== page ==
Cherokee Professor Slams Warren Staffer Who Allegedly Dismissed His Concerns: ‘Profoundly Colonial’

Democratic presidential candidate Sen. Elizabeth Warren (D-MA) speaks at the SEIU Unions for All Summit on October 4, 2019 in Los Angeles, California. At least eight Democratic Presidential candidates were scheduled to speak today and tomorrow at the summit. The presidential primary in California will be held on March 3, …
Mario Tama/Getty Images

A Cherokee professor from Stony Brook University claimed that a staffer from Sen. Elizabeth Warren’s (D-MA) campaign dismissed his concerns that Warren had not done enough to “right the harm she has caused” by falsely claiming Cherokee heritage for years, and added that the staffer’s claim – that Trump will be re-elected if he does not support Warren – is “profoundly colonial.”

The professor and member of Cherokee Nation, Joseph Pierce, said on Twitter Saturday that Warren staffers attempted to persuade him to vote for the presidential hopeful during a campaign drive. Pierce told one staffer that he was not happy with the way Warren falsely claimed Native American heritage, and noted that she had not “done enough to right the harm she has caused.”

The staffer told Pierce that he would get him in touch with someone “who could get the word to Elizabeth” and brought him to another staffer, whom Pierce described as a “white guy with a beard.” The professor told the staffer that he was Cherokee, but the conversation was seemingly cut short after the staffer asked for Pierce’s number so he could “make real time” for him.

“I say, ‘this really pisses me off.’  And then things change: he can see that I’m upset, and then tries to figure out if I am worth talking to after all,” Pierce wrote on Twitter, adding that the staffer ultimately said, “I’m not sure there is anything I can do for you.”

Pierce said he told the staffer, “Tell her, tell someone, that what she has done is not enough.”

He noted the fact that the staffer was not as interested in talking to him once he realized he had passionate thoughts on the issue.

“I mean, bro, just one second earlier you were willing to ‘make real time for me,’ and when you saw that I actually have thoughts about this, you no longer have that willingness or that time,” Pierce wrote. “That, my friend, is exactly the problem.”

Pierce added that the staffer told him that, by not voting for Warren, Trump would be re-elected. He called the staffer’s assertion “profoundly colonial.”

“This is the position they are putting us in, and it is profoundly colonial,” he assessed. “Profoundly”:

Pierce blasted the “apology” Warren offered at the Frank LaMere Native American Presidential Forum in August, calling it “woefully inadequate”:

So, I didn’t expect Warren to spell out the complex history of Cherokee identity, the background of the allotment era and the theft of Indian land, identity, language, and culture by white settlers—including members of her own family. I didn’t expect her to be nuanced. But I hoped she might actually say, simply, that she is not and never has been Cherokee. That was my hope. And I was disappointed.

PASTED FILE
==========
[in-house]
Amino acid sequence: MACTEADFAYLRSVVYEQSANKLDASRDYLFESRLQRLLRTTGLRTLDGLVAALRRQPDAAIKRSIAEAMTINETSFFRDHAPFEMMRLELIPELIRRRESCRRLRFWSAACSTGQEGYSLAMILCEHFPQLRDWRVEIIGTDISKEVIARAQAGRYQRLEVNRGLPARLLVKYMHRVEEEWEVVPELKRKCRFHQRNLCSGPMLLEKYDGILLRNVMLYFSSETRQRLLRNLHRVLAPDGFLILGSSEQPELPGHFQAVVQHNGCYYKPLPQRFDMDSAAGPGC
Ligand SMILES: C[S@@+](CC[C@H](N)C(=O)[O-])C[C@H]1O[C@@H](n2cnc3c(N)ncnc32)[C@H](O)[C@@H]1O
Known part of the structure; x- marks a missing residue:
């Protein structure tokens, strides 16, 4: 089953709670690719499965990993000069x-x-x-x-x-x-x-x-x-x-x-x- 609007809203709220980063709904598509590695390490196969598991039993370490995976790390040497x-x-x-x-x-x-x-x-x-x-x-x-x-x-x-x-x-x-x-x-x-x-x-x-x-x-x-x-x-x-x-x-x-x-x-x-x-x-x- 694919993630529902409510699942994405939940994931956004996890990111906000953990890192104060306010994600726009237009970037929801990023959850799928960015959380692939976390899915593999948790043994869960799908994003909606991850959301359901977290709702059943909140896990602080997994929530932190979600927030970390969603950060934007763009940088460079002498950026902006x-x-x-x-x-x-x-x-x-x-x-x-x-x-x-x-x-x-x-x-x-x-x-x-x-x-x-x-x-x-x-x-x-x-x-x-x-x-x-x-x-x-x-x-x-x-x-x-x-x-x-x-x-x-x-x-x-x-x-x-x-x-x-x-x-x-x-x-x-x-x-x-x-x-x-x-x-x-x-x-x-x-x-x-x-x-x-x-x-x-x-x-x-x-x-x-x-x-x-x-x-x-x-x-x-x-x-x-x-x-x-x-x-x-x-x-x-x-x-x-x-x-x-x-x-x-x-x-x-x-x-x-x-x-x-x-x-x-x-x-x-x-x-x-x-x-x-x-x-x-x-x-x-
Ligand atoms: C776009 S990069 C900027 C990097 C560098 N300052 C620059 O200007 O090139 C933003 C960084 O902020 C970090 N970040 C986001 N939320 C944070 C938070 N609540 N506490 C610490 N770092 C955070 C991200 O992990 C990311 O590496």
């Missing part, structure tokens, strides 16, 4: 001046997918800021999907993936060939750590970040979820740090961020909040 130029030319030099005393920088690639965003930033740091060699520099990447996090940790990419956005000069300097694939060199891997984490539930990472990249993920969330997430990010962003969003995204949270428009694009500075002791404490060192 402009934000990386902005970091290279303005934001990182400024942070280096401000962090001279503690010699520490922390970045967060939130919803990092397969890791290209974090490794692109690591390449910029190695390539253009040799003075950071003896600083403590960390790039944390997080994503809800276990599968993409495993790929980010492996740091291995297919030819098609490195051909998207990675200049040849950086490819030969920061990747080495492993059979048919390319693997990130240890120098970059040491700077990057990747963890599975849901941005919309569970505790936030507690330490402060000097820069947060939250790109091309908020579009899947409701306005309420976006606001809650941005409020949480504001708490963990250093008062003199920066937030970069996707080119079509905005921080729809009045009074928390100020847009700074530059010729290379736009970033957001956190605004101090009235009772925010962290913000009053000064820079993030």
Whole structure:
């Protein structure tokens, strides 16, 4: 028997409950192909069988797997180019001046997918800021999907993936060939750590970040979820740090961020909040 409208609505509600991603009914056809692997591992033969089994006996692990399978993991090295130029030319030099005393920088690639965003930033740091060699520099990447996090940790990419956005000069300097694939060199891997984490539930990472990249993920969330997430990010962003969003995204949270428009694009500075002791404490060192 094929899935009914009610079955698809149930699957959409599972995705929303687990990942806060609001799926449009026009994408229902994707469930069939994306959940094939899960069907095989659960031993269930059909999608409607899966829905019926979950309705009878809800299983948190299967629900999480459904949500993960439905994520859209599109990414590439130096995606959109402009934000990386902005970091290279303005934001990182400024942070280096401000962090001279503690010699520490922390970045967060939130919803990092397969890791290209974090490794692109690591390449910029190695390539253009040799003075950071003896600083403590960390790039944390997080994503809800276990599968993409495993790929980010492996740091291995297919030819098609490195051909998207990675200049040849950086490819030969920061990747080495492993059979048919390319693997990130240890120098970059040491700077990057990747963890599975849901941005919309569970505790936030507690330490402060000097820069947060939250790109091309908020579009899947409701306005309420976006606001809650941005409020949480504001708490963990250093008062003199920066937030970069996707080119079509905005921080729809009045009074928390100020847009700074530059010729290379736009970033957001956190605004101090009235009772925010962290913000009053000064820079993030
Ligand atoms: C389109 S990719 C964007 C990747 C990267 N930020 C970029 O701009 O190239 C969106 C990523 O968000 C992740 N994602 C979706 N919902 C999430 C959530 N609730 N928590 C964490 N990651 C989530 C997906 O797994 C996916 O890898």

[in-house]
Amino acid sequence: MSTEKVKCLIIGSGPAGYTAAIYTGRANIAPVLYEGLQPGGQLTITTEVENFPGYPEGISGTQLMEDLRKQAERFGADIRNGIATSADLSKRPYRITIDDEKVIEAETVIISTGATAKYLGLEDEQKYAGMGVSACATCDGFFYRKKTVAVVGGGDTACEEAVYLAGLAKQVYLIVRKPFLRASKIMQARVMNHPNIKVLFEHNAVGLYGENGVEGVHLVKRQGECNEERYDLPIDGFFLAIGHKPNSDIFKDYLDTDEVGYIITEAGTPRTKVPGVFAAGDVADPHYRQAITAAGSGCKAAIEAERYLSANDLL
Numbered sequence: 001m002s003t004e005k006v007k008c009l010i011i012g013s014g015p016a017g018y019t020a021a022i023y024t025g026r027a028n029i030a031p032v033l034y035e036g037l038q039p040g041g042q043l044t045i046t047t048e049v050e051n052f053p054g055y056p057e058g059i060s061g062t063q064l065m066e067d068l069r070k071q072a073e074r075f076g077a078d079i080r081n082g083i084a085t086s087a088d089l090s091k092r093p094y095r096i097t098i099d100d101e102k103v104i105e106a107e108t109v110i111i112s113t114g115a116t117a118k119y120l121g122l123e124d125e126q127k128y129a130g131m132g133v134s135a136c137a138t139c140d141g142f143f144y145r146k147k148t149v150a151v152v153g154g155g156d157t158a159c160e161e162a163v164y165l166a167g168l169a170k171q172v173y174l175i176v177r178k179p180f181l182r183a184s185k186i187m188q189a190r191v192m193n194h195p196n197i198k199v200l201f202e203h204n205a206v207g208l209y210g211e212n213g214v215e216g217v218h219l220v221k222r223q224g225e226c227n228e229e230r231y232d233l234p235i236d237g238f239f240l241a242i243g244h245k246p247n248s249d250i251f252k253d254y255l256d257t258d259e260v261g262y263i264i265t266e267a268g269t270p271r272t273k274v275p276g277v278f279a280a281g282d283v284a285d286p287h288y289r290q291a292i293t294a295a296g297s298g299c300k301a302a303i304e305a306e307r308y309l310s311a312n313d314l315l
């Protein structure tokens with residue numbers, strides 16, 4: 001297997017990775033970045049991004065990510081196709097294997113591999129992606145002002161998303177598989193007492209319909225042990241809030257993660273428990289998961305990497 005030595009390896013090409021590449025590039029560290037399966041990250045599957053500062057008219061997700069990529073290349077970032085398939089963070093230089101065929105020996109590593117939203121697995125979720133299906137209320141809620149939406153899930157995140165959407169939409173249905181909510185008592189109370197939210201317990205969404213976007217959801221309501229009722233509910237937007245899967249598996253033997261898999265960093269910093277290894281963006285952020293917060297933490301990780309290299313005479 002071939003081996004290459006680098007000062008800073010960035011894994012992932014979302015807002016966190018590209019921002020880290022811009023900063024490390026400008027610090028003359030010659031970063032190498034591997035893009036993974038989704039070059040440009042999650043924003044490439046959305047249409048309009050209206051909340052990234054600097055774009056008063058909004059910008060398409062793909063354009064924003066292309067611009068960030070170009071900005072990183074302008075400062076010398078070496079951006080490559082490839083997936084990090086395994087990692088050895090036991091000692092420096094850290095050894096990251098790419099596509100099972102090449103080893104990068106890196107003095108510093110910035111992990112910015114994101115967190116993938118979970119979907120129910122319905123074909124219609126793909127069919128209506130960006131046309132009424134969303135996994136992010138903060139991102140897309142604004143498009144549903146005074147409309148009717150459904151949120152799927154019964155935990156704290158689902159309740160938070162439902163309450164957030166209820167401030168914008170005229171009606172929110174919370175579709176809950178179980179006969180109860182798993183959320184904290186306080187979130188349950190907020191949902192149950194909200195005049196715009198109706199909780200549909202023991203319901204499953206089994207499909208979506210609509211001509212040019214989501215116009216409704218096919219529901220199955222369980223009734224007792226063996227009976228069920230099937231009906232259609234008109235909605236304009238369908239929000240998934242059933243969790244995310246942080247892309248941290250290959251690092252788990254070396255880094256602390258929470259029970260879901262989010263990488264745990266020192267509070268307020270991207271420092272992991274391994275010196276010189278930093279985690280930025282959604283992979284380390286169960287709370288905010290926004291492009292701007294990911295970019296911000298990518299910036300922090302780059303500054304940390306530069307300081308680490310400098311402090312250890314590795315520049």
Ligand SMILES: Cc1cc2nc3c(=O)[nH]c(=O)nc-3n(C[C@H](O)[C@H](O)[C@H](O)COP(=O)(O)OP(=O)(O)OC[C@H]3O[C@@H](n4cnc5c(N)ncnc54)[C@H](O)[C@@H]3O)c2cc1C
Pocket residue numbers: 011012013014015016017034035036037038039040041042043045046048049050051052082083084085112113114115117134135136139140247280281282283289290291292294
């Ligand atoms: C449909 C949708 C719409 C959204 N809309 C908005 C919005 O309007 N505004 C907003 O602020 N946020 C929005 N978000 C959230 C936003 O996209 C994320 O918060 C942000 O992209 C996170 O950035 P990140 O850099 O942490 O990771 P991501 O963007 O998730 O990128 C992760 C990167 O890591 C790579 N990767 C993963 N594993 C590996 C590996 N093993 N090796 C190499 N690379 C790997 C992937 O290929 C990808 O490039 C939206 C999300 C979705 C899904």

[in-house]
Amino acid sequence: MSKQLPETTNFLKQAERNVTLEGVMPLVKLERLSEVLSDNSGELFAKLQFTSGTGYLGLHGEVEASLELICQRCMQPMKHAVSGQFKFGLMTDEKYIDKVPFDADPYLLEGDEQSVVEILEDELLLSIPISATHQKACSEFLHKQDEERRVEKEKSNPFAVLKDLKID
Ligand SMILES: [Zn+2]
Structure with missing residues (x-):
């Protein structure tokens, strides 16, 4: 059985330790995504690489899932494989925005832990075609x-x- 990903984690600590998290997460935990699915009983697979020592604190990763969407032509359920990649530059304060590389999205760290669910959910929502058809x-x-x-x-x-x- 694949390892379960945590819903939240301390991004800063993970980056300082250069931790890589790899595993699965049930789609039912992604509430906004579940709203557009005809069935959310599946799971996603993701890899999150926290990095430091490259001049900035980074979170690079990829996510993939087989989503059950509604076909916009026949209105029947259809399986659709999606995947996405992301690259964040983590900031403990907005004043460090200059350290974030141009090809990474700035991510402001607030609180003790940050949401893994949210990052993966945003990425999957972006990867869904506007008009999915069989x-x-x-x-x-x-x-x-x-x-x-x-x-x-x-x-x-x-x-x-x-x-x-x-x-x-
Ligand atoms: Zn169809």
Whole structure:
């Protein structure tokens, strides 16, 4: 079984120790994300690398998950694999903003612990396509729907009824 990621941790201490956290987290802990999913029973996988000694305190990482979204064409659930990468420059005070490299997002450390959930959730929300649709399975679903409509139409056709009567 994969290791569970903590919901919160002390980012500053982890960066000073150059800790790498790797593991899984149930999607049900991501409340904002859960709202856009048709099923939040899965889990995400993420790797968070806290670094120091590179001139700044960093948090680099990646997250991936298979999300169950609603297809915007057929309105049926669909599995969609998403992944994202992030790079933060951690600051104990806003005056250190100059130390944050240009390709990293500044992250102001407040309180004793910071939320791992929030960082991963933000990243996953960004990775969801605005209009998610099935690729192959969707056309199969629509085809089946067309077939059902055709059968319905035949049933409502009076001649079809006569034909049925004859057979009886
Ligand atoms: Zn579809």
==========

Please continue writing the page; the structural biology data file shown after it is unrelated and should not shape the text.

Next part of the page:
Warren vaguely admitted wrongdoing. But she did not say what she did or why, quickly pivoting to her strong suit, public policy. This is a good strategy for courting people who wanted to hear her admit something. However, it doesn’t address the central issue at stake—Cherokee sovereignty.

“Like anyone who’s been honest with themselves, I know that I have made mistakes,” Warren told the crowd at the forum. “I am sorry for harm I have caused”:

Warren – who identified as a minority professor and listed herself as an “American Indian” on her Texas Bar registration card – has failed to go into detail on her false claims to Native American heritage, offering vague apologies and largely avoiding the subject. The results of Warren’s DNA test released last year revealed the presidential hopeful’s lack of Native American heritage.

As Breitbart News reported:

Warren has tried to put her claims of Native American heritage behind her, but a DNA test – taken last year – revealed that Warren had between 1/64th and 1/1,024 Native American ancestry. The results followed years of Warren’s claims of Native American heritage, citing her high cheekbones as physical proof. Additionally, the DNA results indicated an association with individuals from Colombia, Mexico, and Peru– not Native American tribes in the United States, further debunking her claims of Cherokee heritage, specifically.

A recently resurfaced video from Warren’s 2012 senatorial bid shows the lawmaker claiming to have “plenty of pictures” reflecting her Native American heritage but ultimately refusing to show them to the reporter.

“I have plenty of pictures,” Warren said. “They’re not for you.”

.

Please let us know if you're having issues with commenting.